WRITTEN BY R. NANJAPPA                        

Post No. 8601

Date uploaded in London – – – 31 August 2020   

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Chapter -12 Part 2


R. Nanjappa


The people were outraged because a tax on dwelling place or shop acquired by inheritance had never been imposed by the native rulers. This also seems to have been felt cumulatively with other indignities suffered under the company’s rule. Benares residents said that this tax was ‘like salt scattered on a wound’. The protesters were totally peaceful. The authorities noted that,

  “Open violence does not seem their aim, they seem rather to vaunt their security in being unarmed in that a military force would not use deadly weapons against such inoffnsive foes.. knowing that civil power cannot disperse them and thinking that the military will not.”

The protesters drafted petitions and representations against the tax and presented them to the authorities but these were dismissed. The authorities used all methods- like dividing people, using influential people to dissuade, using police and military etc. The gathering of people became vulnerable to attacks by the authorities, and they suffered. People refused to cooperate with assessment and engage with the officials. The distress and disaffection spread. The magistrates were asked to use the military but one or two hesitated. Some of them were convinced that there was distress. But the local collectors and the authorities at Calcutta felt that any concession would be seen as a weakness of the government and should not be allowed. However, the public sentiment against the tax was snowballing. Finally, the tax was abolished in terms of Regulation VII of 1812. [Earlier the European residents had refused to pay the tax.]


Such instances of civil disobedience show an important aspect of Polity. There has to be some basic understanding, convergence of values, between the rulers and the ruled. Where the rulers share the feeling that the ruled belong to them, they would not necessarily look upon an occasional show of displeasure as defiance of authority. Likewise where the people feel an affinity for the rulers, they would not seek to dispose of them through show of dissent, nor would they resort to it  lightly. The rulers and the ruled thus share a bond, a code of honour, unwritten though it be, which gives legitimacy to the rule and also dissent.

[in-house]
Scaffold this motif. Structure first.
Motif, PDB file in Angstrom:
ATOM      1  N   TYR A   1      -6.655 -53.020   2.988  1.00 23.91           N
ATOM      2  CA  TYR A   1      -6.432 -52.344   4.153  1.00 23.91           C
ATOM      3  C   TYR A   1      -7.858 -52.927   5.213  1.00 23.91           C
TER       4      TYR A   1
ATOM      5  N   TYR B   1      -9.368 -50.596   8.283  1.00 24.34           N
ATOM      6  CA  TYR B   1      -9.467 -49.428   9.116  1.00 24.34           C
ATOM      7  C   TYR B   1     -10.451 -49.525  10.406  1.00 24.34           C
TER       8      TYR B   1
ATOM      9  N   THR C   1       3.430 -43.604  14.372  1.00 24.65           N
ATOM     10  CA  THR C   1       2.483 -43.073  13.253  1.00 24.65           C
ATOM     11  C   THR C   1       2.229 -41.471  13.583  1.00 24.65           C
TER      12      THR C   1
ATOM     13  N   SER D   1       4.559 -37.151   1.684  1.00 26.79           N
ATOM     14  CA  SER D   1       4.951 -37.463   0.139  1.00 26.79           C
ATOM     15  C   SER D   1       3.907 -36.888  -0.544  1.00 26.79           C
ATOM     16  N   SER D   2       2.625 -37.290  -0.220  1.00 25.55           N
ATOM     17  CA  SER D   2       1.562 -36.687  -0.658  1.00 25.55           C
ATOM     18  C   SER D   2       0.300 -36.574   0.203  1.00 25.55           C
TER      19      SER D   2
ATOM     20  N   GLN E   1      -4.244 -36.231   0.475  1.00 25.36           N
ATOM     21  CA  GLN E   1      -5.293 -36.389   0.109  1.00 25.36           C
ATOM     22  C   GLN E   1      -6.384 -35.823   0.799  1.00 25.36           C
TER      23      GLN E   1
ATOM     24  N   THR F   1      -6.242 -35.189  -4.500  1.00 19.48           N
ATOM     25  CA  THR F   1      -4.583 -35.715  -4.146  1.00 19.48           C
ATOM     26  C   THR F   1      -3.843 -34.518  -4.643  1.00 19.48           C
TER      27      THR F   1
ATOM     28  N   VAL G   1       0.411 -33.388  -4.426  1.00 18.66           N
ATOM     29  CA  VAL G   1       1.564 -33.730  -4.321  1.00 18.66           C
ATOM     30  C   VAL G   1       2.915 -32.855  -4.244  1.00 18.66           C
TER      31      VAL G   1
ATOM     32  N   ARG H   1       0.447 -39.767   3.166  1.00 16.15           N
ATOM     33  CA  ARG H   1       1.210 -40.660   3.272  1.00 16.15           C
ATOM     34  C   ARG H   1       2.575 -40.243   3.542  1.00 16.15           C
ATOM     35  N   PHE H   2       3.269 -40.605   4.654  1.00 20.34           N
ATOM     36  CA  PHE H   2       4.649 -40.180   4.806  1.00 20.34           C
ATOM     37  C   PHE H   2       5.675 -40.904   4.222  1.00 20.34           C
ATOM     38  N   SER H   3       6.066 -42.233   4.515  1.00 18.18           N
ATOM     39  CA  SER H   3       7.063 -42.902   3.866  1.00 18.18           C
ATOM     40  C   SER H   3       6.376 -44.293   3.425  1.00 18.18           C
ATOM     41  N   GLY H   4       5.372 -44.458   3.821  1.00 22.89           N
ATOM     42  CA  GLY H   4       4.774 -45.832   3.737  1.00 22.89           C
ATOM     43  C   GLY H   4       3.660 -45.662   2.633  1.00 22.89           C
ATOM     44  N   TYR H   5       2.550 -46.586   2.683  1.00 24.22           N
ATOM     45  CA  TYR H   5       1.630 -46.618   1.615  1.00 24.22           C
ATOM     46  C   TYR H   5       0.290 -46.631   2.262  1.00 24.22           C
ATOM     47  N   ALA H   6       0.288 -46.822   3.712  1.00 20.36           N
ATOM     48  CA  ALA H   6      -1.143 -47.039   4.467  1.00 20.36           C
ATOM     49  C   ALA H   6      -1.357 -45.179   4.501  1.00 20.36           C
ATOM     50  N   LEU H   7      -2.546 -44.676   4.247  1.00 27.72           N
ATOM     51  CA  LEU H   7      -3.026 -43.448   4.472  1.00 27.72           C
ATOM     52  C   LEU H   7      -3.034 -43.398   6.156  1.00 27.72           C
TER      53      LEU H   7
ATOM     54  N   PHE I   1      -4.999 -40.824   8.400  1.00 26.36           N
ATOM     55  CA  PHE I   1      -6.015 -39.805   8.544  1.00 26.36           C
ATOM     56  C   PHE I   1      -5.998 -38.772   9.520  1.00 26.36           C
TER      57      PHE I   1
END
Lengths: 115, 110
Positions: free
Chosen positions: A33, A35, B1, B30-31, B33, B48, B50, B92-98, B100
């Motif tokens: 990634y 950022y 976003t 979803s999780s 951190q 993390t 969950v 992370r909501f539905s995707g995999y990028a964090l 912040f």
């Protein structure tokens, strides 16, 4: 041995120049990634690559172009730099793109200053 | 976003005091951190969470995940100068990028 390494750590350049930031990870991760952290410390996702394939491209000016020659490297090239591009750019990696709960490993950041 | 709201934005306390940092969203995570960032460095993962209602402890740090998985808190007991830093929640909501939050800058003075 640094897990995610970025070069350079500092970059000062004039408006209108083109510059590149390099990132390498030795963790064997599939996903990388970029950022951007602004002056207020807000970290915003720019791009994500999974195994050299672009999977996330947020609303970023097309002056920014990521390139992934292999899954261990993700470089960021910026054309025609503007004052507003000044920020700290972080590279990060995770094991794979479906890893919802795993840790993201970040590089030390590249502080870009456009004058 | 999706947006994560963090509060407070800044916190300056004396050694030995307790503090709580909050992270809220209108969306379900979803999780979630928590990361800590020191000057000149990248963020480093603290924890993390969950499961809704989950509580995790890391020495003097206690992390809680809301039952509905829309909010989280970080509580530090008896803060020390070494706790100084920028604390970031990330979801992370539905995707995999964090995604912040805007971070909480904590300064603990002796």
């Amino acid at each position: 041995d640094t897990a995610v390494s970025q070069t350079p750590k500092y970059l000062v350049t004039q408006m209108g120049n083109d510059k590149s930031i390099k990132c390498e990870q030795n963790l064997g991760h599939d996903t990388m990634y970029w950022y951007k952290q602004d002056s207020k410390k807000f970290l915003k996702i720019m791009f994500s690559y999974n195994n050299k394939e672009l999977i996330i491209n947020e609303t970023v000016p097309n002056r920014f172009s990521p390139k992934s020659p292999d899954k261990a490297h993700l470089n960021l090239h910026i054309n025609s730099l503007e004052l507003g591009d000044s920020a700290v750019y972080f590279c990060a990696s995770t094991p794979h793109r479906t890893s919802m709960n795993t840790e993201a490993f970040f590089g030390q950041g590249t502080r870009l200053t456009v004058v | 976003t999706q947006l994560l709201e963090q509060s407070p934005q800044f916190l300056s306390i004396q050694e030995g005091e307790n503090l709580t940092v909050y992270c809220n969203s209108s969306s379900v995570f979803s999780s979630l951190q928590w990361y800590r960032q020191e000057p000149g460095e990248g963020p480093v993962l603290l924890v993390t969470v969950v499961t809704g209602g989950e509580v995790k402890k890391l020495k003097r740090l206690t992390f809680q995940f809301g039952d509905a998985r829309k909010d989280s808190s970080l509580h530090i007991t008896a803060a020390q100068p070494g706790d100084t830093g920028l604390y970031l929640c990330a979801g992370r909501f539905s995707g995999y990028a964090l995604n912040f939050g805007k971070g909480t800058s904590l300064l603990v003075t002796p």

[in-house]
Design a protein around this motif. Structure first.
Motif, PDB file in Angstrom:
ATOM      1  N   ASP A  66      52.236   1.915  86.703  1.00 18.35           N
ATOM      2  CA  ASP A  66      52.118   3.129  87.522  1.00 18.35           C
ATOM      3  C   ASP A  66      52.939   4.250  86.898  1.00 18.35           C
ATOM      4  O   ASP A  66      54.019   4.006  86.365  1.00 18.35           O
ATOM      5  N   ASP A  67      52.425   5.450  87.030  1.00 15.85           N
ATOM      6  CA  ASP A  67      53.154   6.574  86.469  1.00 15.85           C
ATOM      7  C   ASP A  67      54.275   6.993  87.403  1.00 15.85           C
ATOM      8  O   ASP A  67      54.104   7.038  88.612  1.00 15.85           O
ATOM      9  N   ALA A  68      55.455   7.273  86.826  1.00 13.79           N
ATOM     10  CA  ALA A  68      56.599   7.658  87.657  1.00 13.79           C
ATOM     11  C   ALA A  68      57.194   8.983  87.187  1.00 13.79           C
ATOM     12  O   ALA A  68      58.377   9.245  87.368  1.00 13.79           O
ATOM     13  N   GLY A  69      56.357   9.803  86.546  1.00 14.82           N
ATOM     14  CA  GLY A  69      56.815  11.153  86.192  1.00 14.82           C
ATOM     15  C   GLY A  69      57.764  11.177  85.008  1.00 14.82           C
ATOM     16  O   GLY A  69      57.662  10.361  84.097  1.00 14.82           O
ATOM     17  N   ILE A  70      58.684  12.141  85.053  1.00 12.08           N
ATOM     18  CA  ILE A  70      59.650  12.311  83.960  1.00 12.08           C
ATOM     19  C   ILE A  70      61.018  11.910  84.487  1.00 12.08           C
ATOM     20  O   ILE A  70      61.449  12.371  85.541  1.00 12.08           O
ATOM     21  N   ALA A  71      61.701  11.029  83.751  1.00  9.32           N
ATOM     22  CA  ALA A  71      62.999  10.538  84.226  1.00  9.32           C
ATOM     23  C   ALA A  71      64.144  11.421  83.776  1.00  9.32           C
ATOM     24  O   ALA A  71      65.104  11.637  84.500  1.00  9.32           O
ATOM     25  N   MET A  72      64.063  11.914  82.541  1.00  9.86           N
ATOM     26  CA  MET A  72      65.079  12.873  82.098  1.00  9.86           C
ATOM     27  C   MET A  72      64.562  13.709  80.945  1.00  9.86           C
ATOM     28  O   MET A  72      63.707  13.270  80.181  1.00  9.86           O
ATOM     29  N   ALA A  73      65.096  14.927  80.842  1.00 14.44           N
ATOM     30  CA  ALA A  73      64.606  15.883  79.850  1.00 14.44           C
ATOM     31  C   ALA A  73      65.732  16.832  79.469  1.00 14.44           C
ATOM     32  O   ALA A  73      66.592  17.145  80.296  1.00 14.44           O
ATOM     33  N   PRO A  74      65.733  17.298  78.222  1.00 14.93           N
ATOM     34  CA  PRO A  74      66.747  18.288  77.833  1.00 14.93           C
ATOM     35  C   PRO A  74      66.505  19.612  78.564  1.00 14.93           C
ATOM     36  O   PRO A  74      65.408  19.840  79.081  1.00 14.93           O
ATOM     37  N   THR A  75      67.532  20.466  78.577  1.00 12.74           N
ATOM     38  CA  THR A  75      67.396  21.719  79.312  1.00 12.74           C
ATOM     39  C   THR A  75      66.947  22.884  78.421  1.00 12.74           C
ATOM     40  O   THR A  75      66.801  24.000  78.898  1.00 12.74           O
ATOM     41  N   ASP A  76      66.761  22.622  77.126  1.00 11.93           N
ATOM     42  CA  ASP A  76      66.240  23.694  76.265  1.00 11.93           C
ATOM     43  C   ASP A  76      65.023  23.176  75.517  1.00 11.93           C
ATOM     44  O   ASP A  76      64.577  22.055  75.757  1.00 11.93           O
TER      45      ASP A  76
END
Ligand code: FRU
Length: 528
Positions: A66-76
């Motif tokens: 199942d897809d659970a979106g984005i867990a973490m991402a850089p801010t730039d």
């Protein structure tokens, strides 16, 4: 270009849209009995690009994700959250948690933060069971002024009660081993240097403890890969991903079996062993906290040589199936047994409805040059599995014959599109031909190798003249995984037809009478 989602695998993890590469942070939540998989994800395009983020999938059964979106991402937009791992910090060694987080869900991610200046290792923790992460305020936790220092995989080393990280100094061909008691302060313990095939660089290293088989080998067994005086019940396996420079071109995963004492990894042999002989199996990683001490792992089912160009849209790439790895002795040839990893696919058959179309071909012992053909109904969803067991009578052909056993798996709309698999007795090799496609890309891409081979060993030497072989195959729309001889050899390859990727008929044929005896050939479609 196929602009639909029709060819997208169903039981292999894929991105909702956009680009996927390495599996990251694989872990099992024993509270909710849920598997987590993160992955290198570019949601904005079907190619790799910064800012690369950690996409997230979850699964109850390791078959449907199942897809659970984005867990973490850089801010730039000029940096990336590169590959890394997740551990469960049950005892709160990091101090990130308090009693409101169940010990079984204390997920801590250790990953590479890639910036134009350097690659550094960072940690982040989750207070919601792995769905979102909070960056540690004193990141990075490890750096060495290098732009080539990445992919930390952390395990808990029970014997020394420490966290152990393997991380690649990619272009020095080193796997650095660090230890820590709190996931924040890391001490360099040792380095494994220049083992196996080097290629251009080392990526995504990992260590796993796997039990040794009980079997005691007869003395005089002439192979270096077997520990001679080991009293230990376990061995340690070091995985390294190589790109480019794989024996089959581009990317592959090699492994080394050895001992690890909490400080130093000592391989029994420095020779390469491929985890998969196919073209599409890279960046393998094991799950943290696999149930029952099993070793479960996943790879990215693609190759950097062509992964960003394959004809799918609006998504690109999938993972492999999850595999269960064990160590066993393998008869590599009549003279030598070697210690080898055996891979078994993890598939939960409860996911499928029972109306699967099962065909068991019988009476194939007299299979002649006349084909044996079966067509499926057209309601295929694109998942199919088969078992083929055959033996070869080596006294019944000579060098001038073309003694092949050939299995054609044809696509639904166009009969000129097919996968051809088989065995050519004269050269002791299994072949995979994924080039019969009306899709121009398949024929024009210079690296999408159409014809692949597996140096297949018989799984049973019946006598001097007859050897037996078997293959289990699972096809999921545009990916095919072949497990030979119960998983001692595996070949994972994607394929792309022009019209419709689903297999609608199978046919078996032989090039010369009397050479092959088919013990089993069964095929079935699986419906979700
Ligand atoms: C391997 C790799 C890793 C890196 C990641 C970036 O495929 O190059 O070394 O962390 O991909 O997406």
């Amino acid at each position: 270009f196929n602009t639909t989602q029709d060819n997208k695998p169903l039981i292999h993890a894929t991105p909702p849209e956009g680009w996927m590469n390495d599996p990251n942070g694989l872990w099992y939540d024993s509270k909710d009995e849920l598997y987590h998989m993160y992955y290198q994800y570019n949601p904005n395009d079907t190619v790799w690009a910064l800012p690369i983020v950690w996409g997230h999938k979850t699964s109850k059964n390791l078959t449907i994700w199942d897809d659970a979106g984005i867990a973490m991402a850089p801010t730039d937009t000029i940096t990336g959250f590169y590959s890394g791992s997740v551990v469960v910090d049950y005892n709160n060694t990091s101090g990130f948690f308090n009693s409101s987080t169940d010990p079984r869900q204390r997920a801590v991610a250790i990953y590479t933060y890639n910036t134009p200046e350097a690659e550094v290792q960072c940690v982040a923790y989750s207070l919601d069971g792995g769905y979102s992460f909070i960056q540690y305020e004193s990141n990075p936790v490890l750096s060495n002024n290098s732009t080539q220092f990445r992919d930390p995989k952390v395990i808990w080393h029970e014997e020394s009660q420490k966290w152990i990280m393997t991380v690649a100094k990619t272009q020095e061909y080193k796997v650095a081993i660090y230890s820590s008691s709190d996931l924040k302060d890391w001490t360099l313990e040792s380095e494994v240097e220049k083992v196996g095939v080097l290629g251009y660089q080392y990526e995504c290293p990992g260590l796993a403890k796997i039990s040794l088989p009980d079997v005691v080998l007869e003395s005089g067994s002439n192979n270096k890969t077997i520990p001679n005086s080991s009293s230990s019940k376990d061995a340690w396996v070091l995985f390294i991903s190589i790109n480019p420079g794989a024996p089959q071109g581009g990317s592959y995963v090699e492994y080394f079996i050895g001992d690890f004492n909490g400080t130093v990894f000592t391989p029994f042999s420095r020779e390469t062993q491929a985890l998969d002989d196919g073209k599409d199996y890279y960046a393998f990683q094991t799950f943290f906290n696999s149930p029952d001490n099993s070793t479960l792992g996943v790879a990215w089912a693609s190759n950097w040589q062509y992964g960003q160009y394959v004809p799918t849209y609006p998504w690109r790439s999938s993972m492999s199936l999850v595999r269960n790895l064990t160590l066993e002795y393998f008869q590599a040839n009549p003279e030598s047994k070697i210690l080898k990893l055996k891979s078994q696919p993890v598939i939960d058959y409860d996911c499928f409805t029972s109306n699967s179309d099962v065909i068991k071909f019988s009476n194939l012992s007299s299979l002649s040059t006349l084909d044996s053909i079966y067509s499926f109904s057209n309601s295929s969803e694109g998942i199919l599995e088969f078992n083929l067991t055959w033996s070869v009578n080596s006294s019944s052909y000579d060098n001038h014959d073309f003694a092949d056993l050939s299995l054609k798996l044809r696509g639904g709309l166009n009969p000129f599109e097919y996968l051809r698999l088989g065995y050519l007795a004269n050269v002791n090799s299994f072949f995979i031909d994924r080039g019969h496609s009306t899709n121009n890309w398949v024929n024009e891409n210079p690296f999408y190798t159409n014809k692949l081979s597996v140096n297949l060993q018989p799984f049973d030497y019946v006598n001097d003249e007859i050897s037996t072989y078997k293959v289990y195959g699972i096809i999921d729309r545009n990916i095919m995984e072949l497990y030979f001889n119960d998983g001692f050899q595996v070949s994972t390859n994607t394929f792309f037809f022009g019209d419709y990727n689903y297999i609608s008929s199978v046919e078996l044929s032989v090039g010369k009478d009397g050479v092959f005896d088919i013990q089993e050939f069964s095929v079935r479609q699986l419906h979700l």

The British rule in India lacked this legitimacy, and they were aware of it. They had somehow acquired power. They did not feel for the people. The people too did not look upon them as one of their own. Robert Clive had understood that their rule was acquired by force, it did not have the consent of the people, they did not seek legitimacy, and so expressed this:

“Our influence and possessions were acquired, so they must be maintained by force; and that the princes of the country are only to be kept in order by fear.”

Men such as Thomas Munro and Charles Metcalfe realised this lack of legitimacy of their government. Metcalfe even said that their rule appeared strong, but its collapse might be ‘short work’. Their power did not rest ” on actual strength, but on appearance”. So they were not prepared to give any concession which might upset that appearance! 


Gandhiji picking salt

Against such odds, the victory of the people in their 1811 non-violent, civil disobedient struggle against a new tax imposed by the colonial power appears extraordinary.
 Compared to this, one wonders what to say of the many struggles of Gandhiji a century later. He did not complete them all, except the Salt Satyagraha. But it was not a success- the salt tax was not withdrawn. [It was abolished only in March, 1947] After that event, the colonial government let loose brutal repression. Quit India programme was a fiasco, and was completely put down within 6 months, with all leaders imprisoned, and thus put out of action. Gandhiji’s movement was not able to wrest anything of substance from the British. On the contrary, they encouraged all the anti-Gandhi and anti-Indian elements. They actively promoted divisive forces.

*to be continued……………………………………………

tags — books to read 32, salt satyagraha,